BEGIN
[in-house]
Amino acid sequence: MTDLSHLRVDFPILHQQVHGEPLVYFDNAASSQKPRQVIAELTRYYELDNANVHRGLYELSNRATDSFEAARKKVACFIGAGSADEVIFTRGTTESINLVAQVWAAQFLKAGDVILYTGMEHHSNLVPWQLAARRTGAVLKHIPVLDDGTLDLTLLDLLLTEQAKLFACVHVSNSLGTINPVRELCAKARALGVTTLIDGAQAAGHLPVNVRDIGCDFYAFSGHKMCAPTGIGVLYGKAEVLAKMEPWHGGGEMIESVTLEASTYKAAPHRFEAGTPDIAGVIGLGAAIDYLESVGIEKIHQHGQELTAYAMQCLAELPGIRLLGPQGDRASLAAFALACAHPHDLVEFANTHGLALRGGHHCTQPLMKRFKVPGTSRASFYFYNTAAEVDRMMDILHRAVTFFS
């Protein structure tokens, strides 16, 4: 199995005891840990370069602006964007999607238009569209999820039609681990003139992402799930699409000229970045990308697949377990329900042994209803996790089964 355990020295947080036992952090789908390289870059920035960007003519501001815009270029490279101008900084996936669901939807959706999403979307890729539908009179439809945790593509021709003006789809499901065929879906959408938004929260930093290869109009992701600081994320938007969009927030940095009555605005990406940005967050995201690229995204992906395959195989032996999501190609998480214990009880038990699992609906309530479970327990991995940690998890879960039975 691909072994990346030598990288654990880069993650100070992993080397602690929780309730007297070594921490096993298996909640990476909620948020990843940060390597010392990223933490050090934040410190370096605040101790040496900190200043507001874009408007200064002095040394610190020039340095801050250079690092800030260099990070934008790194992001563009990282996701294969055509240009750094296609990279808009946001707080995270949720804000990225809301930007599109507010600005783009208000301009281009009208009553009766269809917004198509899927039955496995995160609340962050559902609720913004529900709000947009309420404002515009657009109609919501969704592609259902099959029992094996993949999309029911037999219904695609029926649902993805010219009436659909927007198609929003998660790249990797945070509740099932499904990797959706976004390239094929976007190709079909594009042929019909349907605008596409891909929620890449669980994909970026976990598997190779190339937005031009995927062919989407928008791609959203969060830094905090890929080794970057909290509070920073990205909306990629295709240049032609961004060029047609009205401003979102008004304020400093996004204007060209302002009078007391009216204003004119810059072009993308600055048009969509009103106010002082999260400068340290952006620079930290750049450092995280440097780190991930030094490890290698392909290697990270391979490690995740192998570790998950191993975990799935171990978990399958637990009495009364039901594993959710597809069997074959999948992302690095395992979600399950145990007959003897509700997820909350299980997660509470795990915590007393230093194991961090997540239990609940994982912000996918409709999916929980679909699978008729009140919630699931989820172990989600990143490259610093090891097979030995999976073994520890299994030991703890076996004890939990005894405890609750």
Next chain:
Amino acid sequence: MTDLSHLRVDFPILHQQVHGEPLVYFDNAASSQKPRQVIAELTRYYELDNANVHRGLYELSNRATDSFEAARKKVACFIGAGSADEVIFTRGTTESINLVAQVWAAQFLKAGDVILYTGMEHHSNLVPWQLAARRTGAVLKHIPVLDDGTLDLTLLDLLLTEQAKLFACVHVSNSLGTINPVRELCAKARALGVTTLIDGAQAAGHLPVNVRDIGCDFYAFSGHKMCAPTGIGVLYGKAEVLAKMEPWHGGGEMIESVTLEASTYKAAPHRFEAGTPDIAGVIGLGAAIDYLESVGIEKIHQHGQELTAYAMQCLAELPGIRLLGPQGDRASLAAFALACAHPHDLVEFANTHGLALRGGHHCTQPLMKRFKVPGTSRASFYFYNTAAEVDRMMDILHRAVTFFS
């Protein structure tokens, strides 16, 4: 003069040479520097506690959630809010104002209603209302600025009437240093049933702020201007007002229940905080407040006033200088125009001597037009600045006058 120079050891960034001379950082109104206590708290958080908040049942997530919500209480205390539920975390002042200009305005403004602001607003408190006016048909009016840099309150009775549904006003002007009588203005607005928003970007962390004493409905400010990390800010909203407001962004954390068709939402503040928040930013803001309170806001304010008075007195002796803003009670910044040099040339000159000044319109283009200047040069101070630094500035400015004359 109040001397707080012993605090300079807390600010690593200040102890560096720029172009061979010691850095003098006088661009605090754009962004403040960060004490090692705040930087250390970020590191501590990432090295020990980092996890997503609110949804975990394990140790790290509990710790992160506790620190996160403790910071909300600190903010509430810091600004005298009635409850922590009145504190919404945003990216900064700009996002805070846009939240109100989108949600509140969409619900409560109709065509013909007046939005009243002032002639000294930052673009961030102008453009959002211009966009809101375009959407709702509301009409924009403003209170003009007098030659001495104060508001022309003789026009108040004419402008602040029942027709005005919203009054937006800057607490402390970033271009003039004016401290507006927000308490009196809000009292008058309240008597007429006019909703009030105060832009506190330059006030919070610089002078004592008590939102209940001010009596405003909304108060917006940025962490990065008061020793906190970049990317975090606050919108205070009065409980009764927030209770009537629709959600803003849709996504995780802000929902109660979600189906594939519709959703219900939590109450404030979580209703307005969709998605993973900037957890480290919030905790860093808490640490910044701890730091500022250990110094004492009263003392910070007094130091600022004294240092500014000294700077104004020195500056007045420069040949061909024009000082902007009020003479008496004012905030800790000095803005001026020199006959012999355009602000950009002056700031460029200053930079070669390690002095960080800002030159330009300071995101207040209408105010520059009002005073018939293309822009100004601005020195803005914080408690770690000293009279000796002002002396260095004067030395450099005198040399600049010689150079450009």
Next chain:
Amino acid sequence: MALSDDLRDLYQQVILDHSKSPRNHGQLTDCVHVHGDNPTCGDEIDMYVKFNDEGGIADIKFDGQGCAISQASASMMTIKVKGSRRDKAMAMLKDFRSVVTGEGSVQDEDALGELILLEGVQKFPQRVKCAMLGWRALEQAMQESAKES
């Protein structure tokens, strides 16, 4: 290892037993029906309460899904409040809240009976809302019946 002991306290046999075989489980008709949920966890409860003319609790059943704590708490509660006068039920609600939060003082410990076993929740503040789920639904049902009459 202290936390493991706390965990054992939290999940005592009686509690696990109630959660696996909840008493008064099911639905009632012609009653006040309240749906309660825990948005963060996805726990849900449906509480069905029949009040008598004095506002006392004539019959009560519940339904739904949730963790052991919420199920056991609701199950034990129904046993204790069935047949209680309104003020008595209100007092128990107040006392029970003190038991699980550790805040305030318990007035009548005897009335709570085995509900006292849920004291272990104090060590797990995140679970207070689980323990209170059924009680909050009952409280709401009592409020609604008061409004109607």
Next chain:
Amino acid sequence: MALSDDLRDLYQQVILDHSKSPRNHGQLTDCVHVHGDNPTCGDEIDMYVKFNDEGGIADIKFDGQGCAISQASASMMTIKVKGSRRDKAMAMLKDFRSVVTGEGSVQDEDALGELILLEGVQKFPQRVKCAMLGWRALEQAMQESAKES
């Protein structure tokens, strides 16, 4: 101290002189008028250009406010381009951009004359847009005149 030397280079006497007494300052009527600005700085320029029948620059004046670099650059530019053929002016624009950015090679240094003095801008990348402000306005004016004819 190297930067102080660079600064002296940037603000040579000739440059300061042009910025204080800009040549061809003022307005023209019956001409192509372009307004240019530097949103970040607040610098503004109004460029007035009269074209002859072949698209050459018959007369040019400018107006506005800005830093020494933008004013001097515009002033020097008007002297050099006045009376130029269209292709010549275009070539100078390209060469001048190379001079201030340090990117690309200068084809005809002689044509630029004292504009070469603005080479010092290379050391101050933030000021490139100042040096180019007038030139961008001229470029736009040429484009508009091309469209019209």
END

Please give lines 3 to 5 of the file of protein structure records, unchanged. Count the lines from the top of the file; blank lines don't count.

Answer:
């Protein structure tokens, strides 16, 4: 199995005891840990370069602006964007999607238009569209999820039609681990003139992402799930699409000229970045990308697949377990329900042994209803996790089964 355990020295947080036992952090789908390289870059920035960007003519501001815009270029490279101008900084996936669901939807959706999403979307890729539908009179439809945790593509021709003006789809499901065929879906959408938004929260930093290869109009992701600081994320938007969009927030940095009555605005990406940005967050995201690229995204992906395959195989032996999501190609998480214990009880038990699992609906309530479970327990991995940690998890879960039975 691909072994990346030598990288654990880069993650100070992993080397602690929780309730007297070594921490096993298996909640990476909620948020990843940060390597010392990223933490050090934040410190370096605040101790040496900190200043507001874009408007200064002095040394610190020039340095801050250079690092800030260099990070934008790194992001563009990282996701294969055509240009750094296609990279808009946001707080995270949720804000990225809301930007599109507010600005783009208000301009281009009208009553009766269809917004198509899927039955496995995160609340962050559902609720913004529900709000947009309420404002515009657009109609919501969704592609259902099959029992094996993949999309029911037999219904695609029926649902993805010219009436659909927007198609929003998660790249990797945070509740099932499904990797959706976004390239094929976007190709079909594009042929019909349907605008596409891909929620890449669980994909970026976990598997190779190339937005031009995927062919989407928008791609959203969060830094905090890929080794970057909290509070920073990205909306990629295709240049032609961004060029047609009205401003979102008004304020400093996004204007060209302002009078007391009216204003004119810059072009993308600055048009969509009103106010002082999260400068340290952006620079930290750049450092995280440097780190991930030094490890290698392909290697990270391979490690995740192998570790998950191993975990799935171990978990399958637990009495009364039901594993959710597809069997074959999948992302690095395992979600399950145990007959003897509700997820909350299980997660509470795990915590007393230093194991961090997540239990609940994982912000996918409709999916929980679909699978008729009140919630699931989820172990989600990143490259610093090891097979030995999976073994520890299994030991703890076996004890939990005894405890609750």
Next chain:
Amino acid sequence: MTDLSHLRVDFPILHQQVHGEPLVYFDNAASSQKPRQVIAELTRYYELDNANVHRGLYELSNRATDSFEAARKKVACFIGAGSADEVIFTRGTTESINLVAQVWAAQFLKAGDVILYTGMEHHSNLVPWQLAARRTGAVLKHIPVLDDGTLDLTLLDLLLTEQAKLFACVHVSNSLGTINPVRELCAKARALGVTTLIDGAQAAGHLPVNVRDIGCDFYAFSGHKMCAPTGIGVLYGKAEVLAKMEPWHGGGEMIESVTLEASTYKAAPHRFEAGTPDIAGVIGLGAAIDYLESVGIEKIHQHGQELTAYAMQCLAELPGIRLLGPQGDRASLAAFALACAHPHDLVEFANTHGLALRGGHHCTQPLMKRFKVPGTSRASFYFYNTAAEVDRMMDILHRAVTFFS